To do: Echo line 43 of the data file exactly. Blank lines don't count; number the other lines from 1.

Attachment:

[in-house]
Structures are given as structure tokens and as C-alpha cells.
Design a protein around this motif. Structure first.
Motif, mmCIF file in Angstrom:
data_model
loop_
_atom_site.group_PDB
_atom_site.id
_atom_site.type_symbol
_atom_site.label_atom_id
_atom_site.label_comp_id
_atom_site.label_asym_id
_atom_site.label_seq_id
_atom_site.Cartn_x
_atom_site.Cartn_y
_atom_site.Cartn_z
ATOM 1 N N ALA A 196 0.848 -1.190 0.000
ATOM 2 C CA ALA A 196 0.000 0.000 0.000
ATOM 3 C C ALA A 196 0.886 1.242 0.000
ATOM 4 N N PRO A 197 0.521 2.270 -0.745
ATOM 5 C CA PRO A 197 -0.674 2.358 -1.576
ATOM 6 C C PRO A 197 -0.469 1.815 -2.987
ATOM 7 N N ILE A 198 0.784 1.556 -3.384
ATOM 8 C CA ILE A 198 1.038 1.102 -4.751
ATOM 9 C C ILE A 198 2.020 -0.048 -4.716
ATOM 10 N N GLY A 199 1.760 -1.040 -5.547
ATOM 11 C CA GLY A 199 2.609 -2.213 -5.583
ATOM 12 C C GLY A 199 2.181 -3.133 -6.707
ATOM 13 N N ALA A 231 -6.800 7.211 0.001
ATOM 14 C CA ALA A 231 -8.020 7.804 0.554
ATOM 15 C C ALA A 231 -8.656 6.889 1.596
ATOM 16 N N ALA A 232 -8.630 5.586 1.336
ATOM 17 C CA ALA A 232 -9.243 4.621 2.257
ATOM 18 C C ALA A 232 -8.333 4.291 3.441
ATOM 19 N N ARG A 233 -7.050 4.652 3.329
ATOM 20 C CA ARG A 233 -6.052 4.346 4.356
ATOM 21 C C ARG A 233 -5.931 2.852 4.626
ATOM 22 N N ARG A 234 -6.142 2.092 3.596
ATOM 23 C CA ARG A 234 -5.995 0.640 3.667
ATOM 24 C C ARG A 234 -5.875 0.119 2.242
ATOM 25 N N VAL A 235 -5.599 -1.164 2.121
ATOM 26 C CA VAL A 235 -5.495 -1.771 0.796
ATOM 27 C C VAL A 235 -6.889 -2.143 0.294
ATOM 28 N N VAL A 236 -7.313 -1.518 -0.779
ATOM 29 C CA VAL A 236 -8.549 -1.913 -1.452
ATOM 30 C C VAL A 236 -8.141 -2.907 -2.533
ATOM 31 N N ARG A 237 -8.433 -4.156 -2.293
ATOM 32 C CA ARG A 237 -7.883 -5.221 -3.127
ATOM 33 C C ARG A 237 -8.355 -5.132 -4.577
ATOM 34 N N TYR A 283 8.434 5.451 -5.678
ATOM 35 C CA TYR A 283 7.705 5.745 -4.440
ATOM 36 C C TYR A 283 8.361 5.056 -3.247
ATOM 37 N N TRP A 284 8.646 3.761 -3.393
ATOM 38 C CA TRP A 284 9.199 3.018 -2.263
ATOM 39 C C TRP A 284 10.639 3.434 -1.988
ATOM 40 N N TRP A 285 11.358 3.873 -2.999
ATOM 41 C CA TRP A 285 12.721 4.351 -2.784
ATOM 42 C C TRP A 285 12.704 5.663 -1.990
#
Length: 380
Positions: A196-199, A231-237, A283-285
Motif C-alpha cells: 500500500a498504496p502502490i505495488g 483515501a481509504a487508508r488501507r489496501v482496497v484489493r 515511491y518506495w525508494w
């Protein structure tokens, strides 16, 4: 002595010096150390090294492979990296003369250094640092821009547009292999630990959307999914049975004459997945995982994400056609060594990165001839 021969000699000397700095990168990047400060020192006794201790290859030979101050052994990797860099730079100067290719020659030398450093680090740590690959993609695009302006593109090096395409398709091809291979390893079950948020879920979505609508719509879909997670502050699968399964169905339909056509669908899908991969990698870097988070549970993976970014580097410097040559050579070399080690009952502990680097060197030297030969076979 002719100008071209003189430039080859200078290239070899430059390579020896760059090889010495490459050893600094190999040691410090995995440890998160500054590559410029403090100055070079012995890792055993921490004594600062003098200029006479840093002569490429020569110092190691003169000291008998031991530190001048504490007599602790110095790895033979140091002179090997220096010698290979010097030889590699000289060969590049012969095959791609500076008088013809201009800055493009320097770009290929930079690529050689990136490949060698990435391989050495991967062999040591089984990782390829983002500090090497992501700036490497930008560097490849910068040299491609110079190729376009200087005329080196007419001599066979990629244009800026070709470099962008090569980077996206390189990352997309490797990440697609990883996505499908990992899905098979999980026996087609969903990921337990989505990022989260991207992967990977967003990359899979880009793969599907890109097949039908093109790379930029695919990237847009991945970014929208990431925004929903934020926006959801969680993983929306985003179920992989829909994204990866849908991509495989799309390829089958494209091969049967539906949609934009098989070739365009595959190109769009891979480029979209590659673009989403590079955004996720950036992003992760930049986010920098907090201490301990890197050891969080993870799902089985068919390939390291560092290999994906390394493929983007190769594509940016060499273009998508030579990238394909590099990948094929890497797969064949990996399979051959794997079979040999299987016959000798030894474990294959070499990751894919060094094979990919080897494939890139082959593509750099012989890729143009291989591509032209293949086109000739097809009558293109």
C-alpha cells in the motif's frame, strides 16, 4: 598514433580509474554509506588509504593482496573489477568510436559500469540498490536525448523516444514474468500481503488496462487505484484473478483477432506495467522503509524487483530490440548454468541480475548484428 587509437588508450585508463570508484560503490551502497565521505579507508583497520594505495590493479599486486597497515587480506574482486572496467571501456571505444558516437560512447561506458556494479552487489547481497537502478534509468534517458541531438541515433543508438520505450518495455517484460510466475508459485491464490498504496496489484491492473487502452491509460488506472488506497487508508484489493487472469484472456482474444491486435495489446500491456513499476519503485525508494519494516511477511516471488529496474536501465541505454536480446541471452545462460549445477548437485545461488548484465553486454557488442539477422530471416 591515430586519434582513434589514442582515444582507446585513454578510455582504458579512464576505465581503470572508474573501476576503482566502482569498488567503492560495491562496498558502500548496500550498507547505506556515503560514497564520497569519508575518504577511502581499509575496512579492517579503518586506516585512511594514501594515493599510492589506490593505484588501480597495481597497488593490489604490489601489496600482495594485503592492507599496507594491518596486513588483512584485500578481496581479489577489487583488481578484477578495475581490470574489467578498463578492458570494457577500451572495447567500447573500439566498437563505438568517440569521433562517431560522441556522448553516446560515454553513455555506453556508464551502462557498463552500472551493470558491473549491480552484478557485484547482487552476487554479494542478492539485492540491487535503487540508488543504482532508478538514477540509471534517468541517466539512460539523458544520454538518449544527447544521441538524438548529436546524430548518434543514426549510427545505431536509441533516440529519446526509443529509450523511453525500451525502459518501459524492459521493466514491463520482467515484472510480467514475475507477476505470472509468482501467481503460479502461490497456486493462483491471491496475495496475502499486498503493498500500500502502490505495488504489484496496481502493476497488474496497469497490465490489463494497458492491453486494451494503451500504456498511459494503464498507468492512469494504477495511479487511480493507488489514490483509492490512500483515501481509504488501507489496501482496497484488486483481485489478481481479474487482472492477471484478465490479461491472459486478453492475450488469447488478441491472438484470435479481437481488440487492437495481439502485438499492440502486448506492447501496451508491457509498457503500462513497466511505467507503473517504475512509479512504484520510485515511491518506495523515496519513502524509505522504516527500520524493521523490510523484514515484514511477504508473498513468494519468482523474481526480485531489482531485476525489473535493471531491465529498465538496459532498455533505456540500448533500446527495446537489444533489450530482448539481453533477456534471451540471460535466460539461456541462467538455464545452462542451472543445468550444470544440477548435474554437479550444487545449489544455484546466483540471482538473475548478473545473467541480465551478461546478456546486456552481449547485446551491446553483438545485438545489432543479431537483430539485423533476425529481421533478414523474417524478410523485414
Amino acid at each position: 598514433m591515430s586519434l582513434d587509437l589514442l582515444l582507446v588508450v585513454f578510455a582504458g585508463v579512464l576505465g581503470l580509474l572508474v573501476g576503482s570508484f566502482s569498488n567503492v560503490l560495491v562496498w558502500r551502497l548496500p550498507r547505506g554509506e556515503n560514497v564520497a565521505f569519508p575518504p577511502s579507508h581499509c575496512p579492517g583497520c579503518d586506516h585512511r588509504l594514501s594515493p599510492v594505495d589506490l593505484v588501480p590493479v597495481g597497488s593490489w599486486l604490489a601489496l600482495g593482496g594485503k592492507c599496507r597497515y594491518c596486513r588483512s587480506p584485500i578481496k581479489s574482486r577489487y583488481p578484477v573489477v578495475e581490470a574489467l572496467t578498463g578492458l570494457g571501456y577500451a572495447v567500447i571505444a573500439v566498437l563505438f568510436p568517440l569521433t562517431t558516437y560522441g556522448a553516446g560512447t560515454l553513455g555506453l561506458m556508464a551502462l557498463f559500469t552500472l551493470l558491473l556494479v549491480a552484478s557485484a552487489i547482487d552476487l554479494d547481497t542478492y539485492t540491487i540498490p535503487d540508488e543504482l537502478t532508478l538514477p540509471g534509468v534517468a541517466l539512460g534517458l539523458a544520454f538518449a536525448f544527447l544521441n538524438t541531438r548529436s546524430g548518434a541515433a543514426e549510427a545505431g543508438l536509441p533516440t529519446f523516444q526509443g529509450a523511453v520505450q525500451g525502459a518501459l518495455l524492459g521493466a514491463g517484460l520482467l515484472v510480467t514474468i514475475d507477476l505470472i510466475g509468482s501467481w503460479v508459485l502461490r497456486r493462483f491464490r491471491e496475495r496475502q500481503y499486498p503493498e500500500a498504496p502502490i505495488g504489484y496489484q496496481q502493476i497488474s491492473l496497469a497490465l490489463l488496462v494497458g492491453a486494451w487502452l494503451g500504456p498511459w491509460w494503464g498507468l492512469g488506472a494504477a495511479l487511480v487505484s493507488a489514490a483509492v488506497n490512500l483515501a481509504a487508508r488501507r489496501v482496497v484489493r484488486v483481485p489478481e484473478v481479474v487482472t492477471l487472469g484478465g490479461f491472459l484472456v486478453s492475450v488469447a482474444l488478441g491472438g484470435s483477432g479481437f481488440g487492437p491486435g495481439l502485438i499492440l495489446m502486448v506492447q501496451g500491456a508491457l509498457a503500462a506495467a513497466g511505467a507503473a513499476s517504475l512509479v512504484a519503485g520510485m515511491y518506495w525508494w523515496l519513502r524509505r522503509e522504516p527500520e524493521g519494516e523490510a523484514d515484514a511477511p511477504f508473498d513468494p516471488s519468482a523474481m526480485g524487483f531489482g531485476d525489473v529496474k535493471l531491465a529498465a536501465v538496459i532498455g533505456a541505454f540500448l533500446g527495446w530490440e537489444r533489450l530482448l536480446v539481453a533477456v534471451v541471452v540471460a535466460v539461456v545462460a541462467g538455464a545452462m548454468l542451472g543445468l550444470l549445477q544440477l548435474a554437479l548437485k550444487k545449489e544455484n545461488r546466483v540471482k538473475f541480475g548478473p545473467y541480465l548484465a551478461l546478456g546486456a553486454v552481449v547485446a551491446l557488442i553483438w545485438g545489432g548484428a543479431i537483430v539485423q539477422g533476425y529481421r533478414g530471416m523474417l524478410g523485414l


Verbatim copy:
ATOM 27 C C VAL A 235 -6.889 -2.143 0.294